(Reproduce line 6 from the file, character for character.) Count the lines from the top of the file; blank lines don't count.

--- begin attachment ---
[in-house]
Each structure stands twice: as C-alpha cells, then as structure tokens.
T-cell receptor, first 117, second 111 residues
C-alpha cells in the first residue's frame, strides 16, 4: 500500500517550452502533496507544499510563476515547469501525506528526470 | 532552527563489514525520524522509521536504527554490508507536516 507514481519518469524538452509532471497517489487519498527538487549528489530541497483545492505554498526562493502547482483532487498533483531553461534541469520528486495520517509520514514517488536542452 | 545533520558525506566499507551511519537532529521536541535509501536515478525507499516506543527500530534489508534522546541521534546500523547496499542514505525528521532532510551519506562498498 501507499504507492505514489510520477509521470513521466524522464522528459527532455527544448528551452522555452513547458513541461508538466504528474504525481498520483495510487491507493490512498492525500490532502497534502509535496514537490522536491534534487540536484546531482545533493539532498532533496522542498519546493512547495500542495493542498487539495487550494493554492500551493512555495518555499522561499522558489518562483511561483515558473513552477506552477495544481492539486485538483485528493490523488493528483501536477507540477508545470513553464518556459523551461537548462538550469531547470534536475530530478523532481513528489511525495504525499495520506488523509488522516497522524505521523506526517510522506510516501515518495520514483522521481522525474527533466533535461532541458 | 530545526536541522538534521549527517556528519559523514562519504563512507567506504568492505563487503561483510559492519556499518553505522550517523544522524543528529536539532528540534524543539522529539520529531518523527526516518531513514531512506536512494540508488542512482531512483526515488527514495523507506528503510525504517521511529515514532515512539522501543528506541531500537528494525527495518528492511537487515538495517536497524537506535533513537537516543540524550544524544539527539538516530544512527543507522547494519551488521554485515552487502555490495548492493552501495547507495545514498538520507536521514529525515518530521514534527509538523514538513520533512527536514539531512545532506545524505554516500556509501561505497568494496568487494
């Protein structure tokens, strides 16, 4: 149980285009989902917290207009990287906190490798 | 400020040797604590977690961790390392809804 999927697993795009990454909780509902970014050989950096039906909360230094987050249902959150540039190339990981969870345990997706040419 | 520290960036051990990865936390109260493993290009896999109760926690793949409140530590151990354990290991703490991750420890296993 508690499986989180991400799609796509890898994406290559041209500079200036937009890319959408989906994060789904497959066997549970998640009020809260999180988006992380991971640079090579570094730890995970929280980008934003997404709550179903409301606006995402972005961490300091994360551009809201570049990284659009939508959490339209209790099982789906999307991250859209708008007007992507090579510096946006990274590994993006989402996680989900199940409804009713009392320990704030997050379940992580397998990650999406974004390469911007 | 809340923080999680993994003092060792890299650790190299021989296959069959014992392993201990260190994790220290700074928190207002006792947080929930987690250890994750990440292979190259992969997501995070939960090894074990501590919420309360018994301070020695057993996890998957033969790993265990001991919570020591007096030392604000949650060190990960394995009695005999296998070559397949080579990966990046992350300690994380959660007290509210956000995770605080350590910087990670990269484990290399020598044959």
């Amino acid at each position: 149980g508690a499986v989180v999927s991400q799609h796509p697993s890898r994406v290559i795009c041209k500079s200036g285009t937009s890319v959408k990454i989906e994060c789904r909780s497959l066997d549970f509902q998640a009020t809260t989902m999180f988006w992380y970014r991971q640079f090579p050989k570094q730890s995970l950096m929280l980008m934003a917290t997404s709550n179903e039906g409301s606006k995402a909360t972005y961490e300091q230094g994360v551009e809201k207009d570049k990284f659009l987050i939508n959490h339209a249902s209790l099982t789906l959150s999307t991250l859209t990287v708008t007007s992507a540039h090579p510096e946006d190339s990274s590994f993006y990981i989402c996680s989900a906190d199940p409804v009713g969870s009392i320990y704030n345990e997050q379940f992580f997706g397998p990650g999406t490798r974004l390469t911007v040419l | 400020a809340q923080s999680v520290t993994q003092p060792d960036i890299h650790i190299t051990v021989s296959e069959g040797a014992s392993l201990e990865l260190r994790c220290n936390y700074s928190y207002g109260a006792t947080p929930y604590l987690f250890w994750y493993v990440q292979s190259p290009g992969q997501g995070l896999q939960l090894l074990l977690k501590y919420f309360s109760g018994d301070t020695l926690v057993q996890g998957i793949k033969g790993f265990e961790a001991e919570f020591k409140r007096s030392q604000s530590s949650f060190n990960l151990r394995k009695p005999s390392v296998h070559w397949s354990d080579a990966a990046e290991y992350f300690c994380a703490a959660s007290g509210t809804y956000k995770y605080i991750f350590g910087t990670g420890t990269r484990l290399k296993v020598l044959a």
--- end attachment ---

């Amino acid at each position: 149980g508690a499986v989180v999927s991400q799609h796509p697993s890898r994406v290559i795009c041209k500079s200036g285009t937009s890319v959408k990454i989906e994060c789904r909780s497959l066997d549970f509902q998640a009020t809260t989902m999180f988006w992380y970014r991971q640079f090579p050989k570094q730890s995970l950096m929280l980008m934003a917290t997404s709550n179903e039906g409301s606006k995402a909360t972005y961490e300091q230094g994360v551009e809201k207009d570049k990284f659009l987050i939508n959490h339209a249902s209790l099982t789906l959150s999307t991250l859209t990287v708008t007007s992507a540039h090579p510096e946006d190339s990274s590994f993006y990981i989402c996680s989900a906190d199940p409804v009713g969870s009392i320990y704030n345990e997050q379940f992580f997706g397998p990650g999406t490798r974004l390469t911007v040419l | 400020a809340q923080s999680v520290t993994q003092p060792d960036i890299h650790i190299t051990v021989s296959e069959g040797a014992s392993l201990e990865l260190r994790c220290n936390y700074s928190y207002g109260a006792t947080p929930y604590l987690f250890w994750y493993v990440q292979s190259p290009g992969q997501g995070l896999q939960l090894l074990l977690k501590y919420f309360s109760g018994d301070t020695l926690v057993q996890g998957i793949k033969g790993f265990e961790a001991e919570f020591k409140r007096s030392q604000s530590s949650f060190n990960l151990r394995k009695p005999s390392v296998h070559w397949s354990d080579a990966a990046e290991y992350f300690c994380a703490a959660s007290g509210t809804y956000k995770y605080i991750f350590g910087t990670g420890t990269r484990l290399k296993v020598l044959a």